Hazard Mitigation

BY ORDERING EVACUATIONS SOONER

Dear Commissioners:

During the public comment period at the start of your meeting tomorrow, April 7th, I will ask you to pull consent agenda item 3 for discussion. That item is described on the general business agenda as “Accept a contract with the Coastal Regional Commission to update the 2018 Hazard Mitigation Plan, compensation for services not to exceed $21,960, pending County Attorney’s approval.”

As background to my comments tomorrow evening, let me explain that I was the only member of the public to speak at the BOC’s October 1st, 2015 public hearing on the adoption of the “Comprehensive Multi-Hazard Mitigation Plan”. Here are the comments I read at that time:

Gentlemen:
I’m Julian Smith and I live on Saint Simons Island.
Thank you for holding a public hearing on this important document as Hurricane Joaquin churns toward the east coast.
At a meeting on Saint Simons a few days ago, I asked the more than two hundred people in the audience if any of them had read this document. I did not see any hands go up or hear anyone respond.
[Note that at this point Commissioner Provenzano indicated he had raised his hand.]
This “Comprehensive Multi-Hazard Mitigation Plan” document itself is an unmitigated hazard to easy or meaningful comprehension: more than two hundred pages long if you count the unpaginated appendices, nearly four inches thick, full of repetition, boilerplate, blather, double-talk, careless errors, and evasiveness.
What’s most scary about this document is that it’s not scary.
Let me give you one example of how it is not scary: under “Impact on People” on page 28, I find this non-threatening generalization: “Hurricanes and their associated storm surge often result in the loss of life. They rob survivors of their property, possessions and time. They pose health hazards from polluted waters, mold and fatigue. They also generate stress on people, and cause mental health strains from property damage and the loss of irreplaceable family treasures.”
I recommend that you send this document back for revision so that this passage is not phrased as a generalization but as a direct statement that the citizens of Glynn County, especially those on our barrier islands, are at risk for all those impacts from hurricanes.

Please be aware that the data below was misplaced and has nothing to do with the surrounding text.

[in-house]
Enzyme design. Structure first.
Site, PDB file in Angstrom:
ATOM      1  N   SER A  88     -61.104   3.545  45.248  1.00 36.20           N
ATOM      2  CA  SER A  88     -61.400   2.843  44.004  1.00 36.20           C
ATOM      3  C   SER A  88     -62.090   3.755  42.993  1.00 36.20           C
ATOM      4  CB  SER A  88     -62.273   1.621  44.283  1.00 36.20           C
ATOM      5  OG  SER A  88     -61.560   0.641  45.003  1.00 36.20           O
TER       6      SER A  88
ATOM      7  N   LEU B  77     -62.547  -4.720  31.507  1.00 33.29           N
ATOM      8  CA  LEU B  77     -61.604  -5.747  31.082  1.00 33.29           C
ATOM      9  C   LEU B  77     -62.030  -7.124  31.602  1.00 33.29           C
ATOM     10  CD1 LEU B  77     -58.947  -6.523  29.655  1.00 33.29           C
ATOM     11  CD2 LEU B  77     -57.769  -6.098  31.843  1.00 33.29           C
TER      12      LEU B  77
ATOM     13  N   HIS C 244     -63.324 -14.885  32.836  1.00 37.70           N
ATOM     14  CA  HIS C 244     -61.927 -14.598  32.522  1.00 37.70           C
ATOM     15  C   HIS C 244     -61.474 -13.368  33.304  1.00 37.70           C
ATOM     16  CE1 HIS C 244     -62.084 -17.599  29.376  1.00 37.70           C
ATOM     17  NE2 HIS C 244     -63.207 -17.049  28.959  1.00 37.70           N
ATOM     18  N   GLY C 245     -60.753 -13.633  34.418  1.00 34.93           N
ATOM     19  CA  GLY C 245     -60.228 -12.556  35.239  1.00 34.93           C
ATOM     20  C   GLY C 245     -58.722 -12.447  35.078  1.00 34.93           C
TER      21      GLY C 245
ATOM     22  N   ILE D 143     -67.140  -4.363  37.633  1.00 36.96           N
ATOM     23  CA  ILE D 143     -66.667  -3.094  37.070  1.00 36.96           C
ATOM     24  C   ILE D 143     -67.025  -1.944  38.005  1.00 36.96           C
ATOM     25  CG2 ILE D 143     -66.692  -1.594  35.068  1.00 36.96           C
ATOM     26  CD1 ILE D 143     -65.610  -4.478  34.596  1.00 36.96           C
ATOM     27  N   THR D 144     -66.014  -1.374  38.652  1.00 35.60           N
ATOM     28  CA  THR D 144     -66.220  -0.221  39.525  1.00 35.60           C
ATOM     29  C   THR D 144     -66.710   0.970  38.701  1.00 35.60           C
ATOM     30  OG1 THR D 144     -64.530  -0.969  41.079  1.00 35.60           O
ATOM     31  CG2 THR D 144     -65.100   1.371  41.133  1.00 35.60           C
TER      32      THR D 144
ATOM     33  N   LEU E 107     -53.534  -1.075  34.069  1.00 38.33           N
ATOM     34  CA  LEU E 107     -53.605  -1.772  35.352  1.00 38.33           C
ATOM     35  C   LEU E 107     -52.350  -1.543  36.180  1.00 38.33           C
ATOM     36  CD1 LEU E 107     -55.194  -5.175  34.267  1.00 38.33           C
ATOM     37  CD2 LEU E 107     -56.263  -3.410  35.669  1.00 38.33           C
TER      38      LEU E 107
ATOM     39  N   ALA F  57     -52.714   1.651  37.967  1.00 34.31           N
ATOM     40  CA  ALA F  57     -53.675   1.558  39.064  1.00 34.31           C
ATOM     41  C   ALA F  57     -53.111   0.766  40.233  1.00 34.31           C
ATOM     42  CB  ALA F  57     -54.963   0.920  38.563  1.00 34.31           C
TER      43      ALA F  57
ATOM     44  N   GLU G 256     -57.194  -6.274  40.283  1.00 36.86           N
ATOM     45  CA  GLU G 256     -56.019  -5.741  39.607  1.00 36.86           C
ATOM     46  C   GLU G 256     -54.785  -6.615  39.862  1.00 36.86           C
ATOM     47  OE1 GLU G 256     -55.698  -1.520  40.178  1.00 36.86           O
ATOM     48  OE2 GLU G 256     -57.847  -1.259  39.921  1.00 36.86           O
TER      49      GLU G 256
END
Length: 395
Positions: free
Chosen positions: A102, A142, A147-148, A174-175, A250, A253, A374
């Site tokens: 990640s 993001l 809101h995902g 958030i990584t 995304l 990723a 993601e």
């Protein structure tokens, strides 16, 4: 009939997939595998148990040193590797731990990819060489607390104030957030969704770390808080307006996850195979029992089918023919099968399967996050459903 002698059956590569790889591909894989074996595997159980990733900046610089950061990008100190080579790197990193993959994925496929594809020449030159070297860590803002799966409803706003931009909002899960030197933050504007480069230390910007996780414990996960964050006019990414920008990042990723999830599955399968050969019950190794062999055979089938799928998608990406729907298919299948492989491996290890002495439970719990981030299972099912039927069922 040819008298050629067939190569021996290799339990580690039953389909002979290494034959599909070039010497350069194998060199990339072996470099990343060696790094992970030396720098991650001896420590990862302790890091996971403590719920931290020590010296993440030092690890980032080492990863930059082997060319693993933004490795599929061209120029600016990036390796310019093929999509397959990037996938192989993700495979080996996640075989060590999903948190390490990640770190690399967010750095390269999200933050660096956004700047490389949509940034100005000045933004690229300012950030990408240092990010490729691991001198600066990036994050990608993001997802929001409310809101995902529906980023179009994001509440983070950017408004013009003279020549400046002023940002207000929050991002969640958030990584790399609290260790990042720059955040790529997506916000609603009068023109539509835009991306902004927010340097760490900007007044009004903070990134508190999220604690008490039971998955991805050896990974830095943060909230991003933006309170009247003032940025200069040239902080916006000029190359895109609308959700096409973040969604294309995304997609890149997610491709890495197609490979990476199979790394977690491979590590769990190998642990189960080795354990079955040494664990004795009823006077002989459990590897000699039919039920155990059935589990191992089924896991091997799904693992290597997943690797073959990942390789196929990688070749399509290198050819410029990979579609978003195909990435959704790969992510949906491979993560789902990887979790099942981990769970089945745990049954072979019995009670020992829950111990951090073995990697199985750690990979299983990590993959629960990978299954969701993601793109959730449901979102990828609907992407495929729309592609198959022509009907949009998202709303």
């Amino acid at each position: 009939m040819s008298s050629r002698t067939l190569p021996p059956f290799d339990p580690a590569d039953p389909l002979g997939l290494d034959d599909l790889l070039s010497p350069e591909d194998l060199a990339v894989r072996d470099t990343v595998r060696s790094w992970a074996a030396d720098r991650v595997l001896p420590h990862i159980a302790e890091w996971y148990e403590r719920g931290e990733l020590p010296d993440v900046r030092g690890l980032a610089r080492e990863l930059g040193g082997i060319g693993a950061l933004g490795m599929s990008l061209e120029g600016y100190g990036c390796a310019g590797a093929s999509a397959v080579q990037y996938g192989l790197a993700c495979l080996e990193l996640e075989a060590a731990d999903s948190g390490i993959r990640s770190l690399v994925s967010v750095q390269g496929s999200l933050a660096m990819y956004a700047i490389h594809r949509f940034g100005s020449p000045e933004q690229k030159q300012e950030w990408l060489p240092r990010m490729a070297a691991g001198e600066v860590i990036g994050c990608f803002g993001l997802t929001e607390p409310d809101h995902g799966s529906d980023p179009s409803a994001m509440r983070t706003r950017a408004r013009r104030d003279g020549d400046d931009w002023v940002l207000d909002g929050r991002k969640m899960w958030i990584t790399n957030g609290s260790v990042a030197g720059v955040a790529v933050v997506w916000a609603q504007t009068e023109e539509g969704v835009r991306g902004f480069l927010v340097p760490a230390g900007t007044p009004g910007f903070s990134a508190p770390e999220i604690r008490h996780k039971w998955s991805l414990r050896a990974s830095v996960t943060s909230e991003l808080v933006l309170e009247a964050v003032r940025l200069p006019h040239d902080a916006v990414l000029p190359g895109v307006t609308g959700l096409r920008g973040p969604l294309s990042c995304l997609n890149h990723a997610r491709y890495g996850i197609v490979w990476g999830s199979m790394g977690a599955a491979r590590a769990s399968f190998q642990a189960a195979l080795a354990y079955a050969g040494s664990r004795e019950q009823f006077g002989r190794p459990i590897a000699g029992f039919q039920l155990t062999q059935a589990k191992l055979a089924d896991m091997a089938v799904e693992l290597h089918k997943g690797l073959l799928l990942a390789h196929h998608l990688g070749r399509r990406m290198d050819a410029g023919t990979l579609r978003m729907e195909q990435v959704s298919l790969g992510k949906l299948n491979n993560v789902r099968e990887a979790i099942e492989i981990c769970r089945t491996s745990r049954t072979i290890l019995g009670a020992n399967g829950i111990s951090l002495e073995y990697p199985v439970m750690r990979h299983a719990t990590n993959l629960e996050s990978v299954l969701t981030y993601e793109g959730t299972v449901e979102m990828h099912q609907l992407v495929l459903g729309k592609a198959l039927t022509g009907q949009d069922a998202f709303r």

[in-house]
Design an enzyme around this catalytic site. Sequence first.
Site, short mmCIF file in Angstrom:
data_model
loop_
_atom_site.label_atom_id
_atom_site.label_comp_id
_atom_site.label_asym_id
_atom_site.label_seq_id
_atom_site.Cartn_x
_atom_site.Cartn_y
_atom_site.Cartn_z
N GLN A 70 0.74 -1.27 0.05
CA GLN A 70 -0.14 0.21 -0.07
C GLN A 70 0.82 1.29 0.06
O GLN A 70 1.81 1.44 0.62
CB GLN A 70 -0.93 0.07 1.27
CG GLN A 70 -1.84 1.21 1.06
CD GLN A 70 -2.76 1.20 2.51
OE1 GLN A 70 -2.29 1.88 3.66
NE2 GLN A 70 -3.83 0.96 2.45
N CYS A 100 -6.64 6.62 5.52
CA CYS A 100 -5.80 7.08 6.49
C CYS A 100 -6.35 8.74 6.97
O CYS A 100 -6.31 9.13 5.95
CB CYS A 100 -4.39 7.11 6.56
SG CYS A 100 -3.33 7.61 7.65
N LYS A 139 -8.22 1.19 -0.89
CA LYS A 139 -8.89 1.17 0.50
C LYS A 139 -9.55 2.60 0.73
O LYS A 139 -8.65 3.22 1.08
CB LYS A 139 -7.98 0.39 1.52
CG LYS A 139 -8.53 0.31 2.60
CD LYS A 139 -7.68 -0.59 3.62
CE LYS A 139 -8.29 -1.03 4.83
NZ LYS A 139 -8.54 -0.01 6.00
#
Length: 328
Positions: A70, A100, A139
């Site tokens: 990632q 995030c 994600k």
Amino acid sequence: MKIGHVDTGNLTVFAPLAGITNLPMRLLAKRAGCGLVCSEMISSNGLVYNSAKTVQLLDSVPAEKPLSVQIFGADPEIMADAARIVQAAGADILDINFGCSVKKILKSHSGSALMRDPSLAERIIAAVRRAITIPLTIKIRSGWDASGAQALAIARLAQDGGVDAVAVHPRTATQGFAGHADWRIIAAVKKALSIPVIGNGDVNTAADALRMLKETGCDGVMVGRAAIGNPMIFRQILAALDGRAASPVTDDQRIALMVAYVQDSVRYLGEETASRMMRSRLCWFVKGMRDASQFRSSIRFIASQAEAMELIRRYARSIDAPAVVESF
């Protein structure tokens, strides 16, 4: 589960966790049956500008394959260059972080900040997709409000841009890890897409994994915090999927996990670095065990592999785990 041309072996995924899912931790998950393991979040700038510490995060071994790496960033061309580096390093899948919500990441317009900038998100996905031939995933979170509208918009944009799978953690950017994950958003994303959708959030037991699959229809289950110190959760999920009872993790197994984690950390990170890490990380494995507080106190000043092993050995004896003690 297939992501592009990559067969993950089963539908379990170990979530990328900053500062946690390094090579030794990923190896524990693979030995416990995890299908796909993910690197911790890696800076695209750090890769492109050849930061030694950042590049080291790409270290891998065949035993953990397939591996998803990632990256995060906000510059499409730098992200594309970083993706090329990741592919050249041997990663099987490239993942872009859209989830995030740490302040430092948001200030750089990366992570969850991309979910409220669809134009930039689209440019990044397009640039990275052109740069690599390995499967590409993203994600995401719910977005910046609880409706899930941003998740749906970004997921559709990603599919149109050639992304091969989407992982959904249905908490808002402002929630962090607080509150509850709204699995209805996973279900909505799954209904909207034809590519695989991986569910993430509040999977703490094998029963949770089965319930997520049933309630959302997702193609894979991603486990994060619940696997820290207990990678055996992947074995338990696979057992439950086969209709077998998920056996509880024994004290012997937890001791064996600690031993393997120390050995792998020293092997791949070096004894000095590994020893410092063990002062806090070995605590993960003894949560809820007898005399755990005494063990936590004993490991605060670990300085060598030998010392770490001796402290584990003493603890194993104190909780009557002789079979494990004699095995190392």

I also recommend that all realtors listing property on our barrier islands be required to disclose the risk of hurricane impacts to potential buyers in addition to the requirement to disclose whether a property is within a flood zone.
Every resident on Saint Simons and Sea Island, and every potential buyer, should be given a copy of the county’s very elegant Hurricane Surge Inundation map which reveals more than ninety-nine point nine percent of those two islands will be covered by the surge from a category three hurricane.
Of course, the rest of Glynn County is not as much at risk. Only ninety-five percent of the rest of the county would be inundated by a category three storm, and downtown Brunswick would be totally inundated by a category two storm.
By the way, there is no reference in this document to the 1898 hurricane that sent a sixteen foot surge across downtown Brunswick.
Why do I single out this one hazard, hurricanes, from the many other hazards discussed in this document?
Because it is the one hazard most likely to have a real impact on our community.
And because I’ve seen and smelled and touched what hurricanes can do. As a young sergeant in the Louisiana National Guard back in 1957, I helped recover some of the hundreds of bodies swept into the bayou country by Hurricane Audrey.
On page 29 of this document, I found these words: “Land use and development trends described at the beginning of this Chapter show an increase in growth and population and a potential to exceed transportation infrastructure needed for evacuation. The region will need to continuously update the time required for evacuation . . . from the barrier islands particularly St. Simons and Sea Island which [have] only one route for evacuation.”
Do any of you commissioners care that all this supposedly “comprehensive plan” contemplates is that the county will continuously “update the time needed for evacuation”?
Would any of you agree that a responsible county commission would read that passage and place a moratorium on accepting applications on new condo projects like Mariners Landing until such time as the county has done more than “update the time needed for evacuation”?

Following my comments that evening, the BOC approved the 2015 update without discussion.

From 3:00 to 4:00 on the afternoon of October 2nd, 2018, the BOC held a “Public Input Meeting” on the update of the “Joint Hazard Mitigation Plan”. Although I spoke at that meeting, I did not keep a copy of my comments—and no minutes or archival video are available for that meeting at which the public was invited to speak on the 660 pages of the update of the 2015 plan.

At your meeting tomorrow evening, I will encourage you to consider doing more than entering into a routine contract for a required pro-forma “update” of an unreadable document that will sit on a shelf.

In preparation for your decision about this consent agenda item, please review section “IX. LIABILITY OF CLIENT”. That section refers to “any and all suits, legal proceedings, claims, demands, damages, costs and expenses . . . arising out of . . . any failure of the CLIENT to properly carry out its responsibilities under this contract.” One such responsibility has to do with taking care to properly plan for hurricanes, tidal surges, floods, and other hazards that are likely to affect the low-lying coast of Georgia as a result of climate change and the rising sea level.

Respectfully submitted,

Julian Smith